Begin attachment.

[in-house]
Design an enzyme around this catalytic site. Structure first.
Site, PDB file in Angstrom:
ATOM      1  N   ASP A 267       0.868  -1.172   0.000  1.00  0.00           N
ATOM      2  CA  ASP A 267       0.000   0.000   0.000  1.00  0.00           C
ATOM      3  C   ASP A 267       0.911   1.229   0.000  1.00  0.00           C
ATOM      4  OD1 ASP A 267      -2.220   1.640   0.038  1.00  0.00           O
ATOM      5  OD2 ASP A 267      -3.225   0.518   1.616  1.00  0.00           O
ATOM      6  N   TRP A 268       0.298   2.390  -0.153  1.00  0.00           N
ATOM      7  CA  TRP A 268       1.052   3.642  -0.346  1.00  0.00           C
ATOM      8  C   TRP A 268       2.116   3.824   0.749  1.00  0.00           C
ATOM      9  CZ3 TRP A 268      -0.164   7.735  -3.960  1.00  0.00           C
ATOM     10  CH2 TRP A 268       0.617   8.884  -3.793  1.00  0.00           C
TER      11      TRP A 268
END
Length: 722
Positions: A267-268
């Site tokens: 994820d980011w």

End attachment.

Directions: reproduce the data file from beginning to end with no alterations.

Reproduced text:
[in-house]
Design an enzyme around this catalytic site. Structure first.
Site, PDB file in Angstrom:
ATOM      1  N   ASP A 267       0.868  -1.172   0.000  1.00  0.00           N
ATOM      2  CA  ASP A 267       0.000   0.000   0.000  1.00  0.00           C
ATOM      3  C   ASP A 267       0.911   1.229   0.000  1.00  0.00           C
ATOM      4  OD1 ASP A 267      -2.220   1.640   0.038  1.00  0.00           O
ATOM      5  OD2 ASP A 267      -3.225   0.518   1.616  1.00  0.00           O
ATOM      6  N   TRP A 268       0.298   2.390  -0.153  1.00  0.00           N
ATOM      7  CA  TRP A 268       1.052   3.642  -0.346  1.00  0.00           C
ATOM      8  C   TRP A 268       2.116   3.824   0.749  1.00  0.00           C
ATOM      9  CZ3 TRP A 268      -0.164   7.735  -3.960  1.00  0.00           C
ATOM     10  CH2 TRP A 268       0.617   8.884  -3.793  1.00  0.00           C
TER      11      TRP A 268
END
Length: 722
Positions: A267-268
């Site tokens: 994820d980011w």